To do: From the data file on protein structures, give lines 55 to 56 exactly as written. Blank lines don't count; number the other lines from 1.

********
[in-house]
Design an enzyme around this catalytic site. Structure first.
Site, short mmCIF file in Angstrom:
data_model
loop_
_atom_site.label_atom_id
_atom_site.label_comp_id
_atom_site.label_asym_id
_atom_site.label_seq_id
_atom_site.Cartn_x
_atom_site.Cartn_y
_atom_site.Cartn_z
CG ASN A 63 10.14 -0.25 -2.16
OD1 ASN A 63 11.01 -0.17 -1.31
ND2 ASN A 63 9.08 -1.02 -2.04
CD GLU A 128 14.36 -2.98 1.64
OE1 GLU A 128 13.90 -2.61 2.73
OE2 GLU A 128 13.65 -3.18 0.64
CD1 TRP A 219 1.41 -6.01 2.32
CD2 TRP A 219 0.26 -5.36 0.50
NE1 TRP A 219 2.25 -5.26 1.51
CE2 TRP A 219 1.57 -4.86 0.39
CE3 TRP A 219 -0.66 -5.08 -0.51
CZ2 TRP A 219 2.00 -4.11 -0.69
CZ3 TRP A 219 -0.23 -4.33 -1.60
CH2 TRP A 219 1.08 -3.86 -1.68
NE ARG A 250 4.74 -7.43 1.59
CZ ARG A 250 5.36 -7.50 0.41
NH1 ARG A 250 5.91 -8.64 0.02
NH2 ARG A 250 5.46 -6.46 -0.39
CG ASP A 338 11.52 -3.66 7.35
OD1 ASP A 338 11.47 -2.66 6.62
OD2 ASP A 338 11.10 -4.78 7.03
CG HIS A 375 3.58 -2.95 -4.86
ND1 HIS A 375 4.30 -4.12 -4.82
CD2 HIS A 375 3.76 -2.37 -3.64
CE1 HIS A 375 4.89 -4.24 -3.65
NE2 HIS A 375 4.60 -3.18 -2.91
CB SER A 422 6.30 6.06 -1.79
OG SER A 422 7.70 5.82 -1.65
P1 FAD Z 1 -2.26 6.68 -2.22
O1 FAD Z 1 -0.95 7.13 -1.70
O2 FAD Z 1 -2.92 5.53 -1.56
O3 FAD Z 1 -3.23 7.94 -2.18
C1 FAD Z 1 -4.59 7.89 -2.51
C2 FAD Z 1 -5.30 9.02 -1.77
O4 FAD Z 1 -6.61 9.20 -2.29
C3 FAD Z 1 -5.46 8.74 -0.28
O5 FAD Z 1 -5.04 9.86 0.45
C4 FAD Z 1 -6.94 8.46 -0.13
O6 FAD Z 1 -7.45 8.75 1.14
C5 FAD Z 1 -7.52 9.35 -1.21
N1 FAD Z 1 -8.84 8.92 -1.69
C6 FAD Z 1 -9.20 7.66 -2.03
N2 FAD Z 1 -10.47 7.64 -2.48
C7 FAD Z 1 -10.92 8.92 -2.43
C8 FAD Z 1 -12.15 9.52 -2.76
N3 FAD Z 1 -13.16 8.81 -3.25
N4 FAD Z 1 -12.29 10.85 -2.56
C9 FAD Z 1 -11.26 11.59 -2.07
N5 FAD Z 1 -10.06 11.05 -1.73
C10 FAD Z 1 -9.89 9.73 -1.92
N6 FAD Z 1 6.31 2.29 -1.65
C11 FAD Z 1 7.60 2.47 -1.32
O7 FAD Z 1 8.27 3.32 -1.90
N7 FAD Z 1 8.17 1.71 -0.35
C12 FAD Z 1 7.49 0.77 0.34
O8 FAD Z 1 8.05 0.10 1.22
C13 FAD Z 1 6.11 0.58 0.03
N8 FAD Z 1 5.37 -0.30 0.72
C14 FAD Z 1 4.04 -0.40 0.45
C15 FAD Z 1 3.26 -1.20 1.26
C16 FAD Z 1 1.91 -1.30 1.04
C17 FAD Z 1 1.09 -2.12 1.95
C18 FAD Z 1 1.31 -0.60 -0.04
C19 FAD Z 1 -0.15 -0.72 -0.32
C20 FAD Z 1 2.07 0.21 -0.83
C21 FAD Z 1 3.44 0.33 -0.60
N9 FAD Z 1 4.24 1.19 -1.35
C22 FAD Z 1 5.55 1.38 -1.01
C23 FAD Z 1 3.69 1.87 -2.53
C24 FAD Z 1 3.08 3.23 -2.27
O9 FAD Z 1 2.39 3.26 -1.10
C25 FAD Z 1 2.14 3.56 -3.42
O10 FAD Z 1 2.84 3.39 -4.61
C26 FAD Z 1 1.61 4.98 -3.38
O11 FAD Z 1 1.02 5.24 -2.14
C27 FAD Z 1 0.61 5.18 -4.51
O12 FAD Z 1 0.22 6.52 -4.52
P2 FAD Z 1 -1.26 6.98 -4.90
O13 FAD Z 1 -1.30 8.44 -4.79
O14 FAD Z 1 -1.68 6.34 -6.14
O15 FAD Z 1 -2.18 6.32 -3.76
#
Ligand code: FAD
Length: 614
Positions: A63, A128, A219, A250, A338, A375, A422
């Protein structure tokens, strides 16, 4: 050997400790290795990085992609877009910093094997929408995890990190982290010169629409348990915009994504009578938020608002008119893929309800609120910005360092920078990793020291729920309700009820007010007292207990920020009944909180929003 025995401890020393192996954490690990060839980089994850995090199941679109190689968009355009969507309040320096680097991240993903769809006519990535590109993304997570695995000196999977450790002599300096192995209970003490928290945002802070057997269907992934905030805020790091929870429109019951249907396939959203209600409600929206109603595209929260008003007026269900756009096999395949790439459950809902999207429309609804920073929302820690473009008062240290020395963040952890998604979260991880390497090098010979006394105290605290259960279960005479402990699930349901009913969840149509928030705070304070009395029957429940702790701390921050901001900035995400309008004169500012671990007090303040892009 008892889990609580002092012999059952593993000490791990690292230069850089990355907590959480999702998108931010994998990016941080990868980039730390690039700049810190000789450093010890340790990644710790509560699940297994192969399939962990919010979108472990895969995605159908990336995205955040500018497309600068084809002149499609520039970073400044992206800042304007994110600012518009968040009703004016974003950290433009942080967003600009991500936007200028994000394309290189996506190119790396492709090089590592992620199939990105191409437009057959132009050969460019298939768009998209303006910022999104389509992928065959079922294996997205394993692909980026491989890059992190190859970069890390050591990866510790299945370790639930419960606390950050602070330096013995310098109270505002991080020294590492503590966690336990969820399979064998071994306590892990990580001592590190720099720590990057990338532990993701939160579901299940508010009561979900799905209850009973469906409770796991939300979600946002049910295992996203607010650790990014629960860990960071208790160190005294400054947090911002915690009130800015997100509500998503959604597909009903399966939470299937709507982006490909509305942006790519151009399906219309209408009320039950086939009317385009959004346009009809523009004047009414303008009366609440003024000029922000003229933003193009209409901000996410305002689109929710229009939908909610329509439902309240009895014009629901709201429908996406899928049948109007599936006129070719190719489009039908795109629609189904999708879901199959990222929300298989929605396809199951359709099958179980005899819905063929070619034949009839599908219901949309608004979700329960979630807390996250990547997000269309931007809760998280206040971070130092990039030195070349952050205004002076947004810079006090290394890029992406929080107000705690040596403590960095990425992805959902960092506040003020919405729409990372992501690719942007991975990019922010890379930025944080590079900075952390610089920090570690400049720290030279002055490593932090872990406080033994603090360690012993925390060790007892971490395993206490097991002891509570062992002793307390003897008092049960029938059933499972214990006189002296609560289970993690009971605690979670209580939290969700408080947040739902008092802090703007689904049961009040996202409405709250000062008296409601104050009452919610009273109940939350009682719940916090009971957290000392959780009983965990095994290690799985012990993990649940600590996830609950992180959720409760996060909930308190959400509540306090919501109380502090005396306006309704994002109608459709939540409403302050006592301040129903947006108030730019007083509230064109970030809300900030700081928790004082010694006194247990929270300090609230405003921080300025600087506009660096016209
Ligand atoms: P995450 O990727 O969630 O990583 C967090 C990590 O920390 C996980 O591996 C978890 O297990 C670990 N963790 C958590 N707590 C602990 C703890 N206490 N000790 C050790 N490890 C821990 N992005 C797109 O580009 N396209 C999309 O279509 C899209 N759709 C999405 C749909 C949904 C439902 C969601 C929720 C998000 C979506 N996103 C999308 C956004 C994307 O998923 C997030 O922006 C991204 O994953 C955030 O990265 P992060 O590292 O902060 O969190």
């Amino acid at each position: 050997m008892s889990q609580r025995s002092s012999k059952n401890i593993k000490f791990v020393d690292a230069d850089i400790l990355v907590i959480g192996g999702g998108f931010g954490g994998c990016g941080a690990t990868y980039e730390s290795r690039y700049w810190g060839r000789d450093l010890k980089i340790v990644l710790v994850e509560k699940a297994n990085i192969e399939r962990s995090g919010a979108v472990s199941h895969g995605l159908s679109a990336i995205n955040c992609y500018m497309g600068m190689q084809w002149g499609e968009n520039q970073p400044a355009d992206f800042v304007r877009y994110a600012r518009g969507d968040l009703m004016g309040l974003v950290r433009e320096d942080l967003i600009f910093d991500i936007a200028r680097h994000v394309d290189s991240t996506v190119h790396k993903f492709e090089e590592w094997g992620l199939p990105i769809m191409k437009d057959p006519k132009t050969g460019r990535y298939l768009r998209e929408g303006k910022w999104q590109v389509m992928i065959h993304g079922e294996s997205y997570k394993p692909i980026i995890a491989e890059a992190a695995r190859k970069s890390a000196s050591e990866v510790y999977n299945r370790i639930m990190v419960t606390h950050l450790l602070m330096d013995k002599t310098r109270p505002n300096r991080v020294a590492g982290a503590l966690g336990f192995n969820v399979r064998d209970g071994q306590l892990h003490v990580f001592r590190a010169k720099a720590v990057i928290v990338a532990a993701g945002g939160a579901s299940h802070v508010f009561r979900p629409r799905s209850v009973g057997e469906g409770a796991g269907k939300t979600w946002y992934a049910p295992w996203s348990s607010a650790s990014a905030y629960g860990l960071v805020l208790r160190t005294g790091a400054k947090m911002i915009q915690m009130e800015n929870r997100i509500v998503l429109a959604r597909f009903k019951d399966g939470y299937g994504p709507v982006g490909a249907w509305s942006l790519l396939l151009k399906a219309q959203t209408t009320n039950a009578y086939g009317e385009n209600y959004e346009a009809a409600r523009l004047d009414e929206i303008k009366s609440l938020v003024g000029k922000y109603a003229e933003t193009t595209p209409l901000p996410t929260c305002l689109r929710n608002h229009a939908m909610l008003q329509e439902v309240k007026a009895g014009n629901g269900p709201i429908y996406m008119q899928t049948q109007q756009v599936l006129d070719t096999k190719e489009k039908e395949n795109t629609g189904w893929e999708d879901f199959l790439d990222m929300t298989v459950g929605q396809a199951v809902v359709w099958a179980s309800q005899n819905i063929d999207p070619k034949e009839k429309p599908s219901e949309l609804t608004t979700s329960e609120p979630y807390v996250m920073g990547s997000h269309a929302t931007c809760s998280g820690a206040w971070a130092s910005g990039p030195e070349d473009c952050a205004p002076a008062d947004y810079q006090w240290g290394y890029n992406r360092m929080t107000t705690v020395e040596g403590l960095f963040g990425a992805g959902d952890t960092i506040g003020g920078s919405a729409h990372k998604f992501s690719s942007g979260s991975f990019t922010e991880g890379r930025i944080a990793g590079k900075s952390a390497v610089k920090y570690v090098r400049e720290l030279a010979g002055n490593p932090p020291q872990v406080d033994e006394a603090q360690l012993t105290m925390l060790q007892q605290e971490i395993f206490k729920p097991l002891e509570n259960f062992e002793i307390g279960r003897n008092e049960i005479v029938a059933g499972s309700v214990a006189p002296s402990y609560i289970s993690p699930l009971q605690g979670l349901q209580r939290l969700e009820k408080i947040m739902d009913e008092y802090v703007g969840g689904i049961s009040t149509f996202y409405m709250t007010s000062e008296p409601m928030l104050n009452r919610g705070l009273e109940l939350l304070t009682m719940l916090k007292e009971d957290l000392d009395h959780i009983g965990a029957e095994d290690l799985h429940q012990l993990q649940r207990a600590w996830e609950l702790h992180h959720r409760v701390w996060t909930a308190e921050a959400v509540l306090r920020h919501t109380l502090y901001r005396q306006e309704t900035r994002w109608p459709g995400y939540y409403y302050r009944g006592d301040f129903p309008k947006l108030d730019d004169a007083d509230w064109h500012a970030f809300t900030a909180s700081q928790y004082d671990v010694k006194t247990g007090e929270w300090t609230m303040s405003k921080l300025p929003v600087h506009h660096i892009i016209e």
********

N2 FAD Z 1 -10.47 7.64 -2.48
C7 FAD Z 1 -10.92 8.92 -2.43